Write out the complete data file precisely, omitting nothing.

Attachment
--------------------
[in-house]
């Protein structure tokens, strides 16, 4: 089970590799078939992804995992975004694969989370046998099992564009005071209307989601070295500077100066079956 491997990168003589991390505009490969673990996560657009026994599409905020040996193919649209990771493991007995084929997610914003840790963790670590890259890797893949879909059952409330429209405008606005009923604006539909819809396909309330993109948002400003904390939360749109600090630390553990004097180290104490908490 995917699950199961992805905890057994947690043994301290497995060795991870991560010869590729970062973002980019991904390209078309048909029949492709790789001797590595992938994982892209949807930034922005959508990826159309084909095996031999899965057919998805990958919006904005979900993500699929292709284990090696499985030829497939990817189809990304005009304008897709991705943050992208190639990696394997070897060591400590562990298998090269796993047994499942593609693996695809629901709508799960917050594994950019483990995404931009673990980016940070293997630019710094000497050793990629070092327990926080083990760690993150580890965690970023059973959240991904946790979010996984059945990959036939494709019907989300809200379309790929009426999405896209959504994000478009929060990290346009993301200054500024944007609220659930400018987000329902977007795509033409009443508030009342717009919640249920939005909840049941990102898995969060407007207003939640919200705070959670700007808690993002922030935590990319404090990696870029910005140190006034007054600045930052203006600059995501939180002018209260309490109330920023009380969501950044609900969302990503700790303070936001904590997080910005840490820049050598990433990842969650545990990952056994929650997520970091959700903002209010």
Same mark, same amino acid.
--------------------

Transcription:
[in-house]
């Protein structure tokens, strides 16, 4: 089970590799078939992804995992975004694969989370046998099992564009005071209307989601070295500077100066079956 491997990168003589991390505009490969673990996560657009026994599409905020040996193919649209990771493991007995084929997610914003840790963790670590890259890797893949879909059952409330429209405008606005009923604006539909819809396909309330993109948002400003904390939360749109600090630390553990004097180290104490908490 995917699950199961992805905890057994947690043994301290497995060795991870991560010869590729970062973002980019991904390209078309048909029949492709790789001797590595992938994982892209949807930034922005959508990826159309084909095996031999899965057919998805990958919006904005979900993500699929292709284990090696499985030829497939990817189809990304005009304008897709991705943050992208190639990696394997070897060591400590562990298998090269796993047994499942593609693996695809629901709508799960917050594994950019483990995404931009673990980016940070293997630019710094000497050793990629070092327990926080083990760690993150580890965690970023059973959240991904946790979010996984059945990959036939494709019907989300809200379309790929009426999405896209959504994000478009929060990290346009993301200054500024944007609220659930400018987000329902977007795509033409009443508030009342717009919640249920939005909840049941990102898995969060407007207003939640919200705070959670700007808690993002922030935590990319404090990696870029910005140190006034007054600045930052203006600059995501939180002018209260309490109330920023009380969501950044609900969302990503700790303070936001904590997080910005840490820049050598990433990842969650545990990952056994929650997520970091959700903002209010």
Same mark, same amino acid.